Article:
Drawing on its screening and security expertise, TSA has determined seven inches to be a practical and logical standard for allowing screwdrivers, wrenches, pliers, and certain other small tools through the passenger screening checkpoint. Not only will the seven inch standard capture a very large percentage of the total number of tools found, it will be easy for transportation security officers to make determinations regarding tools that no longer pose a significant threat and avoid having to Start Printed Page 72932spend the time and resources associated with physically searching passengers' bags for all tools. This resource savings will allow TSA to implement more effective and robust screening procedures that can be targeted at screening for explosives.
TSA is modifying the interpretive rule to remove from the prohibited items list screwdrivers, wrenches, pliers, and other tools seven inches or less in length. All tools greater than seven inches in length, as well as all crowbars, drills, hammers, saws, will continue to be prohibited.
Other Technical Changes
TSA also is making a technical change to the interpretive rule. In prior versions of the interpretive rule, the various tools were divided between the Sharp Objects and the Club-Like Items categories. In order to simplify the organization of the prohibited items list, we are creating a new category for Tools (now section I.G) that TSA considers to be weapons.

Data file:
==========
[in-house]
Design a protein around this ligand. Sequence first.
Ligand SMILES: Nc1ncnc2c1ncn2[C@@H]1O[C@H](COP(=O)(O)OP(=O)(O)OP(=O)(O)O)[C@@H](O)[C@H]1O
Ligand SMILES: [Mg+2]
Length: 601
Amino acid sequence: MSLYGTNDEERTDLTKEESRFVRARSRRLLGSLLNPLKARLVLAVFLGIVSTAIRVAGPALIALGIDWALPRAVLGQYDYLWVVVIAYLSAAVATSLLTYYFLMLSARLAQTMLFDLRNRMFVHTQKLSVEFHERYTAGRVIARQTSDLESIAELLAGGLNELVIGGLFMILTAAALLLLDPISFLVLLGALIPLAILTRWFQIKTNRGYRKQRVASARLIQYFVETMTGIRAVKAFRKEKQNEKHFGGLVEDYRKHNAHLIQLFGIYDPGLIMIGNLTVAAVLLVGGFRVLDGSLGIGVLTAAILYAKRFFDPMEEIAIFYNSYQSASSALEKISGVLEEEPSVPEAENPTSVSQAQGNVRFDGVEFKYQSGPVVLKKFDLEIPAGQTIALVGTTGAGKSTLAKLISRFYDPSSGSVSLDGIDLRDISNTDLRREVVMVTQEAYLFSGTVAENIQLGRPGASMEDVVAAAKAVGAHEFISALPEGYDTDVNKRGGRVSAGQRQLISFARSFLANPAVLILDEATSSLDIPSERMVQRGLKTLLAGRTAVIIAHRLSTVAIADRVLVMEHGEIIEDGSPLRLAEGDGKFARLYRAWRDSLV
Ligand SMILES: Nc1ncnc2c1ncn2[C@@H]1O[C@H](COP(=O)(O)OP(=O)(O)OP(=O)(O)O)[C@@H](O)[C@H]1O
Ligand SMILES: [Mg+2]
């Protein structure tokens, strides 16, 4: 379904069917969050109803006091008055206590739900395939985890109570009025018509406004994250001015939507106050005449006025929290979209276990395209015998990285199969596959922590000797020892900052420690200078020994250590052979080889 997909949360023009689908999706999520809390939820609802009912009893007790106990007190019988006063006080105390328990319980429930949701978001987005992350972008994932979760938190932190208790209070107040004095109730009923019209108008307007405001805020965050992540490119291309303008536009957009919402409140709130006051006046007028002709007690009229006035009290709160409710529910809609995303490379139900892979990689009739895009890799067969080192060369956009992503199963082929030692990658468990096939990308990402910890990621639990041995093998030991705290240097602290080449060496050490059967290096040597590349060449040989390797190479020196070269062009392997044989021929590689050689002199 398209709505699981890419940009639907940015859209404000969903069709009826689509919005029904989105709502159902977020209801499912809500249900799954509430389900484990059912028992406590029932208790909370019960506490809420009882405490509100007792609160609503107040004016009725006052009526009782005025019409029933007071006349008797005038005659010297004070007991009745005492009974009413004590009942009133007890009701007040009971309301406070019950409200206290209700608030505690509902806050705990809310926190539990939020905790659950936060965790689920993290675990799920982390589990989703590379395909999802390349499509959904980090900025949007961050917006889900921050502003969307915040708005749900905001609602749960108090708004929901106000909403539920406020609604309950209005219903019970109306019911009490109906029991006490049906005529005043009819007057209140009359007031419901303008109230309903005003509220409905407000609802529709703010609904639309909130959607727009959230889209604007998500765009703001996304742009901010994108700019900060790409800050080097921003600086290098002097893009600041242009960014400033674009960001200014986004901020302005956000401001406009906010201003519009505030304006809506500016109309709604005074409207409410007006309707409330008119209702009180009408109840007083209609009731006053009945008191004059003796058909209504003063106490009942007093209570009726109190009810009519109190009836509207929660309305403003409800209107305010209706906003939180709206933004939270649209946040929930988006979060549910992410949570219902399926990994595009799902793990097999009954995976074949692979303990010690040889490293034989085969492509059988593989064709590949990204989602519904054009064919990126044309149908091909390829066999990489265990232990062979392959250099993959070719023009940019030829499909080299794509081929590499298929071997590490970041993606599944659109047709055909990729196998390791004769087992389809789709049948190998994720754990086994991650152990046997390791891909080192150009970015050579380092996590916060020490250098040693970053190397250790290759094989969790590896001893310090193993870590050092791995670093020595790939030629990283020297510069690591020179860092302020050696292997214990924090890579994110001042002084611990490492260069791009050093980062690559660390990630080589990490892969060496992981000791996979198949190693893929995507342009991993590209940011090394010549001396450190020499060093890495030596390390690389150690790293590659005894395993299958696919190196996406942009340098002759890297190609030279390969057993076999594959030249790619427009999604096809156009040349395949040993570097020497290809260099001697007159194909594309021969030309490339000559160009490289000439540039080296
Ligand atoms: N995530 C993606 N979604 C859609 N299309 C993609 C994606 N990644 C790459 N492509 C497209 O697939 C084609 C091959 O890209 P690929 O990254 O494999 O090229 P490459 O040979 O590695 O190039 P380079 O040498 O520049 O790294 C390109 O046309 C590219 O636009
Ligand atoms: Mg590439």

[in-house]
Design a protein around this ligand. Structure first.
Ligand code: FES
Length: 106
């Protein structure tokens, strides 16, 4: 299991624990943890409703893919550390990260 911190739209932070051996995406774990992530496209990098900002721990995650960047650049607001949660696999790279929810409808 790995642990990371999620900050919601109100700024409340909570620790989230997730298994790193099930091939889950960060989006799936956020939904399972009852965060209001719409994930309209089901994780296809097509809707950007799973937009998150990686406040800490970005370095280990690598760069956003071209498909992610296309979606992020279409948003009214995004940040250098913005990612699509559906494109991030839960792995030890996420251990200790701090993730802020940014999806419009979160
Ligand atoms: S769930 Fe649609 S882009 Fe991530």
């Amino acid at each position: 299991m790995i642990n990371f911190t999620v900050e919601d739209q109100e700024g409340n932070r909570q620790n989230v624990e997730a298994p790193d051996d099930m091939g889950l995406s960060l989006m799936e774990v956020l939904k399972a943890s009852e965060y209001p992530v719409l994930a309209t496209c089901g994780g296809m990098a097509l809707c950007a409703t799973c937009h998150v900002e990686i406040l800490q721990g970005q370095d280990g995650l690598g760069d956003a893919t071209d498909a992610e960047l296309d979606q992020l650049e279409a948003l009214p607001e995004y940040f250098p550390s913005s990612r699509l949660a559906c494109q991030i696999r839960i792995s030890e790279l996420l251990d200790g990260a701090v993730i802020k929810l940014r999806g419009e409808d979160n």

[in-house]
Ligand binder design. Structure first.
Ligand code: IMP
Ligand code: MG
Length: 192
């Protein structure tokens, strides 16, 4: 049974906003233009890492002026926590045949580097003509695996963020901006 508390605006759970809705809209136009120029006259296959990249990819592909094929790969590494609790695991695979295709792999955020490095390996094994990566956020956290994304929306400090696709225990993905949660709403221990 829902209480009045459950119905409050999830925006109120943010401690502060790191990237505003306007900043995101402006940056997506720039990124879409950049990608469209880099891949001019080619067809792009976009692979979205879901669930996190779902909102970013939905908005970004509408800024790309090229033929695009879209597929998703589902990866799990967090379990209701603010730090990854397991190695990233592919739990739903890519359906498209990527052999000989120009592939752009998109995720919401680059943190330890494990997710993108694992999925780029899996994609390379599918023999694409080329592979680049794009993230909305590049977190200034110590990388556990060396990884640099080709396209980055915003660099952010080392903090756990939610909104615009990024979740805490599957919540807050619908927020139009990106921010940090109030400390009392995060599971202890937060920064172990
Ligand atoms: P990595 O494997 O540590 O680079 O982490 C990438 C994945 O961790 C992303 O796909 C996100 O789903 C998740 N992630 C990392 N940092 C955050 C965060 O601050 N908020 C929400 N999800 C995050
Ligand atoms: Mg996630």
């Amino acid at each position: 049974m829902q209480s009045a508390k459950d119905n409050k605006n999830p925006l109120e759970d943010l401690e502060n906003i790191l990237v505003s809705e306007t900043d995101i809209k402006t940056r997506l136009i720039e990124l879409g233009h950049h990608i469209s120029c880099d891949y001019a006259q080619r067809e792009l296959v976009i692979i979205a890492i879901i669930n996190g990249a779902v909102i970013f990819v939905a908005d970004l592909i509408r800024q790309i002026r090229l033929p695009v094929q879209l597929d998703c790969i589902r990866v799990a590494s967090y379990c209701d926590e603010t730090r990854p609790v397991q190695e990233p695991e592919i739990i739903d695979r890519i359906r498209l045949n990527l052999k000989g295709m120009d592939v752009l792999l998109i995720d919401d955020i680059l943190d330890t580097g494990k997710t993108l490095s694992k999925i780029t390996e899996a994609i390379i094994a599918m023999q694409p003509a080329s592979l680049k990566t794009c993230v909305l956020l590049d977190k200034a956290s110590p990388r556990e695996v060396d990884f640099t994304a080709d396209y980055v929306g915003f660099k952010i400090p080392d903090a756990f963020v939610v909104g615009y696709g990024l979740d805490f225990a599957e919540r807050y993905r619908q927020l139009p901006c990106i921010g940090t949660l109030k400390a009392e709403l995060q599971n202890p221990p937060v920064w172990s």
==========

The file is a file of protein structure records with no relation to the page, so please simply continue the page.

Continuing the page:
Regulatory Impact Analyses
Changes to Federal regulations must undergo several economic analyses. First, Executive Order 12866, Regulatory Planning and Review (58 FR 51735, October 4, 1993), directs each Federal agency to propose or adopt a regulation only upon a reasoned determination that the benefits of the intended regulation justify its costs. Second, the Regulatory Flexibility Act of 1980 (5 U.S.C. 601 et seq., as amended by the Small Business Regulatory Enforcement Fairness Act of 1996) requires agencies to analyze the economic impact of regulatory changes on small entities. Third, the Office of Management and Budget directs agencies to assess the effect of regulatory changes on international trade. Fourth, the Unfunded Mandates Reform Act of 1995 (2 U.S.C. 1531-1538) requires agencies to prepare a written assessment of the costs, benefits, and other effects of proposed or final rules that include a Federal mandate likely to result in the expenditure by State, local, or tribal governments, in the aggregate, or by the private sector, of $100 million or more annually (adjusted for inflation).